Republicans are already playing offense on the filibuster fight. McConnell warned on the Senate floor Thursday that Democrats want to eliminate the procedure to push though legislation imposing new federal voting rules, adding more Supreme Court justices and creating a new Democratic-controlled state.

“Rewriting the rules of American politics to exclusively benefit one side,” McConnell said.

Looking ahead to 2022 elections when Republicans hope to win congressional control, the GOP House and Senate campaign committees are savoring using the issue.

“It's going to become a standard question” for Democrats, said Chris Hartline, spokesperson for the National Republican Senatorial Committee. “They'll have to say that they support getting rid of the filibuster, or they will face the ire of their liberal base" if they don't.

Register for free to continue reading

Registration is a free and easy way to support our truly independent journalism

By registering, you will also enjoy limited access to Premium articles, exclusive newsletters, commenting, and virtual events with our leading journalists

Please enter a valid email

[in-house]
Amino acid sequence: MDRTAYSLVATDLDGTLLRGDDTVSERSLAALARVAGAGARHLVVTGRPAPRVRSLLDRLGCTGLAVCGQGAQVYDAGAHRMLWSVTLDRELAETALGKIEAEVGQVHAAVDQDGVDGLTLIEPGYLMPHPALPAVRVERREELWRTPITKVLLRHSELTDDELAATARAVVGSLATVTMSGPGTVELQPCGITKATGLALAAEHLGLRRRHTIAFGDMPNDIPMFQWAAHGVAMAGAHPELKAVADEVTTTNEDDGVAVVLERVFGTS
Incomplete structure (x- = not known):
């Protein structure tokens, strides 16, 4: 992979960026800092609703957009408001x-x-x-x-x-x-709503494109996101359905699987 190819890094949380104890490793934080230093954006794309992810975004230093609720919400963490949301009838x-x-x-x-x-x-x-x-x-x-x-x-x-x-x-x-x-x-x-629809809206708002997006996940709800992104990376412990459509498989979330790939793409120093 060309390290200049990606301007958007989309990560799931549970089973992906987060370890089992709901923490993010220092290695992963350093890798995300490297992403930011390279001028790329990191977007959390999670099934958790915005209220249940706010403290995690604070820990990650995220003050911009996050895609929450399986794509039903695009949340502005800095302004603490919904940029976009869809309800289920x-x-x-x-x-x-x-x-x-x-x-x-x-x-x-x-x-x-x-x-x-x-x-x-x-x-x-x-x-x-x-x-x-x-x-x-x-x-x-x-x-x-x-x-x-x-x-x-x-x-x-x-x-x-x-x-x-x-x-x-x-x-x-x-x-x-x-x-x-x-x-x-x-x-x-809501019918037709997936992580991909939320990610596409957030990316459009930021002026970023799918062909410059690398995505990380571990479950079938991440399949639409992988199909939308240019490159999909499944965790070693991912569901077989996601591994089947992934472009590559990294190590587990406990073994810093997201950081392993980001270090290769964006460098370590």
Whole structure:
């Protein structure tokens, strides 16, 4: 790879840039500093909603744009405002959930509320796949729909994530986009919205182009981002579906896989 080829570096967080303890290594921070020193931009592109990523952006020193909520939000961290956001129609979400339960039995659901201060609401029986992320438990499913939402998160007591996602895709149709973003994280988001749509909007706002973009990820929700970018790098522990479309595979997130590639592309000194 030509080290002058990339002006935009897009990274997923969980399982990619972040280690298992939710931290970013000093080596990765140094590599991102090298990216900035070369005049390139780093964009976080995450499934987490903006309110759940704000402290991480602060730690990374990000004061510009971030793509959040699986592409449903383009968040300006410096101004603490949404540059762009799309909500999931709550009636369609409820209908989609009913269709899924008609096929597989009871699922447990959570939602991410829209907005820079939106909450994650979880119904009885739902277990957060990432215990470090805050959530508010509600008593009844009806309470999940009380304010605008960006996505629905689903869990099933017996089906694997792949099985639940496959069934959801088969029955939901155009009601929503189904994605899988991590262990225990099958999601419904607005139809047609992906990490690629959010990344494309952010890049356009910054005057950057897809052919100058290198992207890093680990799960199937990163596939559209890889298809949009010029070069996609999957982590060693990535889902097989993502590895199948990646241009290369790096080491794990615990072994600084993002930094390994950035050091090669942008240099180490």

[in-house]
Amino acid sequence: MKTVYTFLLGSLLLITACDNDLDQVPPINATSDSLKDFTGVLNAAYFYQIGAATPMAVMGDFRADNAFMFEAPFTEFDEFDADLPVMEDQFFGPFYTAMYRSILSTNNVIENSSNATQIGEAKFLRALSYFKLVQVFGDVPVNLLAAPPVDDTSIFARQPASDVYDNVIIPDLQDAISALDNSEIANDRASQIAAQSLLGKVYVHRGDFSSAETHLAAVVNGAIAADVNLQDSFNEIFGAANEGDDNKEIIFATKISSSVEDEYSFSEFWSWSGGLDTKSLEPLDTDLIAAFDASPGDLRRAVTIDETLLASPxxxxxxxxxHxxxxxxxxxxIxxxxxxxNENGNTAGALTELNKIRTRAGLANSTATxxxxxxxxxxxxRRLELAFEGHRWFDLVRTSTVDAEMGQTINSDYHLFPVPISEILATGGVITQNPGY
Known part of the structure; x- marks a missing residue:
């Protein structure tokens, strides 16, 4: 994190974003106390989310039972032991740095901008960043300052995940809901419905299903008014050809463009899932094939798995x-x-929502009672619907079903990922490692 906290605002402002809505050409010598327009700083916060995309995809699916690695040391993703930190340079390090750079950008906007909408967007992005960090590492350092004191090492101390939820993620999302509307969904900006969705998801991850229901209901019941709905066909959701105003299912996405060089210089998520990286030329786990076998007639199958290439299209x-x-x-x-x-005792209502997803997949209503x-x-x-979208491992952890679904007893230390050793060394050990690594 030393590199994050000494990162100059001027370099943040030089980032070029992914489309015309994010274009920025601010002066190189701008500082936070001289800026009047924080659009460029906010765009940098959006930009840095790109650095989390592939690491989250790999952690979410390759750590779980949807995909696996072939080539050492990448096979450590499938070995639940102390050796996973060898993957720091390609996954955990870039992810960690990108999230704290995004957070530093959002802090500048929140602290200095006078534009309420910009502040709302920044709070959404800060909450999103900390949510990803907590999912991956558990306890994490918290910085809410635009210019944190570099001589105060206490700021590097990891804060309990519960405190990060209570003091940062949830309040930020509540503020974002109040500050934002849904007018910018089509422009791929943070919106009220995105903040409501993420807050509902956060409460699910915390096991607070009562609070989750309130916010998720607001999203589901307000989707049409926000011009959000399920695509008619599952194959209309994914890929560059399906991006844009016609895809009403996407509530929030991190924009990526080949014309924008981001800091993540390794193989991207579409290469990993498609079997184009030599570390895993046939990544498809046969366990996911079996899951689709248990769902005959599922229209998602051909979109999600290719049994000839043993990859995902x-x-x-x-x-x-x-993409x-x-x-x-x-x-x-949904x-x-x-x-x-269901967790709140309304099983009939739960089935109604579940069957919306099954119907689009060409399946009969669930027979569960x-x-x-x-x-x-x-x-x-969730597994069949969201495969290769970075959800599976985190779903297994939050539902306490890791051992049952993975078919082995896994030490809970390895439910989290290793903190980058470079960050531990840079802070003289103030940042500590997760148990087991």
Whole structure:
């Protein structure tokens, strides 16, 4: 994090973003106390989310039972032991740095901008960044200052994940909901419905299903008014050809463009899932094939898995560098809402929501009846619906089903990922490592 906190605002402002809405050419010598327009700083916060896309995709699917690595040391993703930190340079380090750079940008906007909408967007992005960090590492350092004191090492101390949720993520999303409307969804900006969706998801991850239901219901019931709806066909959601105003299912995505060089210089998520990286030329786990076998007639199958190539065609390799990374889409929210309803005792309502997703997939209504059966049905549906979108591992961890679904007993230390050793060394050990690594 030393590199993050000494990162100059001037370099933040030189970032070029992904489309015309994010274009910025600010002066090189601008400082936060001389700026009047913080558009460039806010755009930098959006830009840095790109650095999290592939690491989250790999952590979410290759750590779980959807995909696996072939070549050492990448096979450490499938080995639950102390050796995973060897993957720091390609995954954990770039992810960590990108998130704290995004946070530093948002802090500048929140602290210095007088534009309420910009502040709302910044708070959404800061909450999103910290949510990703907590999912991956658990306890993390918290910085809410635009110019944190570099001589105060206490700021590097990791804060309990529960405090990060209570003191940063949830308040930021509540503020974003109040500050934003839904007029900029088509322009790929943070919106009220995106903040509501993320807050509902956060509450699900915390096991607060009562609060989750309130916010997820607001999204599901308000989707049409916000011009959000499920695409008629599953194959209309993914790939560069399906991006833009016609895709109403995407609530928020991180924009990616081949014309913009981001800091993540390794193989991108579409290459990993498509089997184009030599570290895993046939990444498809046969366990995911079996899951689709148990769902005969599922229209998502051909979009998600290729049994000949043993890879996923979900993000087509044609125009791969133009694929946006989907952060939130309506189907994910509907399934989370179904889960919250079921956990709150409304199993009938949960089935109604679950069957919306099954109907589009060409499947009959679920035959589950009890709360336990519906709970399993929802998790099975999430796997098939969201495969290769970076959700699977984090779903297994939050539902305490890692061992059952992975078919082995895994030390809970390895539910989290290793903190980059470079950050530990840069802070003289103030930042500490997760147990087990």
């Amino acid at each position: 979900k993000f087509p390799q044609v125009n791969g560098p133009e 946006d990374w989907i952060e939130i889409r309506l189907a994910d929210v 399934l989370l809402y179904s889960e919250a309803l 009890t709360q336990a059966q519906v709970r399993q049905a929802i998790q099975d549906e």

Please enter a valid email
Must be at least 6 characters, include an upper and lower case character and a number
Must be at least 6 characters, include an upper and lower case character and a number
Must be at least 6 characters, include an upper and lower case character and a number
Please enter your first name
Special characters aren’t allowed
Please enter a name between 1 and 40 characters
Please enter your last name
Special characters aren’t allowed
Please enter a name between 1 and 40 characters
You must be over 18 years old to register
You must be over 18 years old to register
Opt-out-policy
You can opt-out at any time by signing in to your account to manage your preferences. Each email has a link to unsubscribe.

By clicking ‘Create my account’ you confirm that your data has been entered correctly and you have read and agree to our Terms of use, Cookie policy and Privacy notice.

This site is protected by reCAPTCHA and the Google Privacy policy and Terms of service apply.

Already have an account? sign in

By clicking ‘Register’ you confirm that your data has been entered correctly and you have read and agree to our Terms of use, Cookie policy and Privacy notice.

This site is protected by reCAPTCHA and the Google Privacy policy and Terms of service apply.

Register for free to continue reading

Registration is a free and easy way to support our truly independent journalism

By registering, you will also enjoy limited access to Premium articles, exclusive newsletters, commenting, and virtual events with our leading journalists

Already have an account? sign in

By clicking ‘Register’ you confirm that your data has been entered correctly and you have read and agree to our Terms of use, Cookie policy and Privacy notice.

This site is protected by reCAPTCHA and the Google Privacy policy and Terms of service apply.

Thank you for registering

Please refresh the page or navigate to another page on the site to be automatically logged inPlease refresh your browser to be logged in